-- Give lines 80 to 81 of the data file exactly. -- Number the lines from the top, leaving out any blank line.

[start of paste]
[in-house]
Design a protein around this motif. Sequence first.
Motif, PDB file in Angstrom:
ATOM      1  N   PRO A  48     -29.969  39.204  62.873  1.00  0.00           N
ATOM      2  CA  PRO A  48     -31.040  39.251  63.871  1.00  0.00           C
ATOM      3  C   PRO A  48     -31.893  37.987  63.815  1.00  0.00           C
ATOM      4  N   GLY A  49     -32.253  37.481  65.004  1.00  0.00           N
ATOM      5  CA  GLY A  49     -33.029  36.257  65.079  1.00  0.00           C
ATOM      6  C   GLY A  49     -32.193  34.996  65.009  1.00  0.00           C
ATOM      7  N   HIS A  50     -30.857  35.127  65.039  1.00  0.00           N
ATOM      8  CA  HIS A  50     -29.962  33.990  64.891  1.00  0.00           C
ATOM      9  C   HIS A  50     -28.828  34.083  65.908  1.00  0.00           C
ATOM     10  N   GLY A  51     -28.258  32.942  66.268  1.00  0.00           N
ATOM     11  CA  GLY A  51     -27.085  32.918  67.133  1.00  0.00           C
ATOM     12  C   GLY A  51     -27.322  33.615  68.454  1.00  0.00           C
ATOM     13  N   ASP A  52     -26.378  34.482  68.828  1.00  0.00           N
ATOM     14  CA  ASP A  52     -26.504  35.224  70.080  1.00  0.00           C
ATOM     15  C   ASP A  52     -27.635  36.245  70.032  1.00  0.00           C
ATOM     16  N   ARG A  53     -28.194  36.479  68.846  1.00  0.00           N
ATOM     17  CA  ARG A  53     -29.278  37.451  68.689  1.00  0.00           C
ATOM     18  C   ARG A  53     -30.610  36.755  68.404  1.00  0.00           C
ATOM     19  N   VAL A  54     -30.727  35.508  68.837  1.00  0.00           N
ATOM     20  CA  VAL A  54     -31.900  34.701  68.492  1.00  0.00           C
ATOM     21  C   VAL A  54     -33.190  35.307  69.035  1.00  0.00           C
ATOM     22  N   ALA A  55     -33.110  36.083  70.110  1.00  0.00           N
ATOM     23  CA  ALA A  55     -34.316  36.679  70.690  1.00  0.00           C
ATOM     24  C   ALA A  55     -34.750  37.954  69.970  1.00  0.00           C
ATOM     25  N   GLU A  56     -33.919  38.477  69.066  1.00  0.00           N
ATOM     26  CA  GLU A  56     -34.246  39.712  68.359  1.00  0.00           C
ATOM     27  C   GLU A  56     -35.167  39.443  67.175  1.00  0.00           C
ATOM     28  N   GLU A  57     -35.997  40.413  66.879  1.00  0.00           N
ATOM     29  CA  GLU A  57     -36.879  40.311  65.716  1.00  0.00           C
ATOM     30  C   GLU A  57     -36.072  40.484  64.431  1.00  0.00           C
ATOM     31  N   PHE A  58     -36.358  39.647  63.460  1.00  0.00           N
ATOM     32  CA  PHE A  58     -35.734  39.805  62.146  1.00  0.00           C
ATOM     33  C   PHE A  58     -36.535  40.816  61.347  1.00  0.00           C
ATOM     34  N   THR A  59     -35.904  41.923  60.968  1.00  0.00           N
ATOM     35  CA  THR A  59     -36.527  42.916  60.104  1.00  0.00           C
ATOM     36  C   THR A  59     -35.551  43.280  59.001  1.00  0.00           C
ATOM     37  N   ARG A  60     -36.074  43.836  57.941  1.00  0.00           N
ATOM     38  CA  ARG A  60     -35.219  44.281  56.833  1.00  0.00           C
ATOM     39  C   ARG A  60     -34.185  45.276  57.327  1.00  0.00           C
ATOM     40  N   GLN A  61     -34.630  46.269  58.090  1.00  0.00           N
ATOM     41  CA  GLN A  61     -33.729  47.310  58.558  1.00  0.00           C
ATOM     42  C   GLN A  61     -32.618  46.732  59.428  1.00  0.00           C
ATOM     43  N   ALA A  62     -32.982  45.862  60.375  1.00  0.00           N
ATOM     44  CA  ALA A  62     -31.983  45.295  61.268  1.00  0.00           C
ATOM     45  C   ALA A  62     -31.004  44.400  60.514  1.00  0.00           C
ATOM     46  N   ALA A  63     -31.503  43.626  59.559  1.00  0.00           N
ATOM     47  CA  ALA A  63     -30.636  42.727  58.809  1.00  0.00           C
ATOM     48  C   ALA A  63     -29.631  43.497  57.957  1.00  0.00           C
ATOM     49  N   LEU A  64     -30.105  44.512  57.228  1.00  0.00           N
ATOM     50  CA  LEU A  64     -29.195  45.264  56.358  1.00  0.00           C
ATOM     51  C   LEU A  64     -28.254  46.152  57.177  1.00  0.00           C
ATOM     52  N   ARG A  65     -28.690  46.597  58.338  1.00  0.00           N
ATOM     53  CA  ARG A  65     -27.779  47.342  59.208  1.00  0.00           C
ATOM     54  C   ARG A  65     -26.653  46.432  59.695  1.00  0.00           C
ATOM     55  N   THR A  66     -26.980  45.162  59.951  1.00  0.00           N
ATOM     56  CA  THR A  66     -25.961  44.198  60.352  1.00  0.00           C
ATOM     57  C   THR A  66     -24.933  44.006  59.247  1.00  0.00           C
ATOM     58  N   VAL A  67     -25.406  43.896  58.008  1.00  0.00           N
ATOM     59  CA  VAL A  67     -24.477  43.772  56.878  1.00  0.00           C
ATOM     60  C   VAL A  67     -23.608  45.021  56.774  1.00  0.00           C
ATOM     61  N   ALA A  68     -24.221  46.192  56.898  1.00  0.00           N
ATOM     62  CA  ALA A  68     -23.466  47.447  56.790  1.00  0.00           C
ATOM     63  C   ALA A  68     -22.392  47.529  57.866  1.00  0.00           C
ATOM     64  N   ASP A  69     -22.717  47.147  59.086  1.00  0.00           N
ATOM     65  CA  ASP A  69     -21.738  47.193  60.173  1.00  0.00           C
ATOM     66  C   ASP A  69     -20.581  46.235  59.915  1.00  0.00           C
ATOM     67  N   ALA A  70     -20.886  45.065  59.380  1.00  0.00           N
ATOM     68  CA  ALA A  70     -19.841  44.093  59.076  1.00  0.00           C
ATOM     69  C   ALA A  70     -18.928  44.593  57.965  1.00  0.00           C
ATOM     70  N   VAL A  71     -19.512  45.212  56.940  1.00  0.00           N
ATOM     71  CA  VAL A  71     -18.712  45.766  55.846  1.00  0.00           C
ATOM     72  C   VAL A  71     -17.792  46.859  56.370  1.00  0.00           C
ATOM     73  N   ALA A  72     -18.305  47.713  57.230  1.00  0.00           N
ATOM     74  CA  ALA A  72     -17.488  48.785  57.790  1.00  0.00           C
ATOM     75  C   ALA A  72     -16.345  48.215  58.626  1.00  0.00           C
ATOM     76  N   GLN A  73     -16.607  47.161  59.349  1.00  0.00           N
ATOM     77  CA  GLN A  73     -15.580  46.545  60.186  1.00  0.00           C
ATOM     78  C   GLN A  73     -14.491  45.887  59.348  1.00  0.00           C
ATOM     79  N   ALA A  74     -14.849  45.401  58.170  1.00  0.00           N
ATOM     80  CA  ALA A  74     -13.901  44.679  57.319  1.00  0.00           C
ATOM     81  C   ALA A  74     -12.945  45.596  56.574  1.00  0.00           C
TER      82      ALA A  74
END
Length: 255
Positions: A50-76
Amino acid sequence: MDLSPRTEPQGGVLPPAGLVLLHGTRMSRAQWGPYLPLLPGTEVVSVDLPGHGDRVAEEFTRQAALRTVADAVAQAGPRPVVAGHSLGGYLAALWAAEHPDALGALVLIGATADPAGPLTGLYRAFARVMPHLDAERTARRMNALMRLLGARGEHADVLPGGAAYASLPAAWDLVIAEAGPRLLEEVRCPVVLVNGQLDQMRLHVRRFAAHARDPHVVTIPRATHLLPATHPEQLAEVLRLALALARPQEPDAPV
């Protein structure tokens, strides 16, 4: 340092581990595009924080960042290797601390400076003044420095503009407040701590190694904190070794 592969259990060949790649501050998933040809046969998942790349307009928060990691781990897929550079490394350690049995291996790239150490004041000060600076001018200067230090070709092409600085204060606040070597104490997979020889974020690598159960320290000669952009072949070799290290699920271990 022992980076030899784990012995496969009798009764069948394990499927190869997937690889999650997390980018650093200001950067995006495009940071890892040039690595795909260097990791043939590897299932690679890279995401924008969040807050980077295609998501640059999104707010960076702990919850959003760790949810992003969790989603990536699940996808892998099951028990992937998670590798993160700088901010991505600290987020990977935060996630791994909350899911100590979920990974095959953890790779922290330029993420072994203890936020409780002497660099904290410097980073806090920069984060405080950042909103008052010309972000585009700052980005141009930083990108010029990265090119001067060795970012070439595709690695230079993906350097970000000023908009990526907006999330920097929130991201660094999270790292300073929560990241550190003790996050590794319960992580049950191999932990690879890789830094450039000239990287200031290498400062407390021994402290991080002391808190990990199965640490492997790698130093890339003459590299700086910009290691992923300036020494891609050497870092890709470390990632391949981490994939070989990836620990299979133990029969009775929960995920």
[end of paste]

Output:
ATOM     77  CA  GLN A  73     -15.580  46.545  60.186  1.00  0.00           C
ATOM     78  C   GLN A  73     -14.491  45.887  59.348  1.00  0.00           C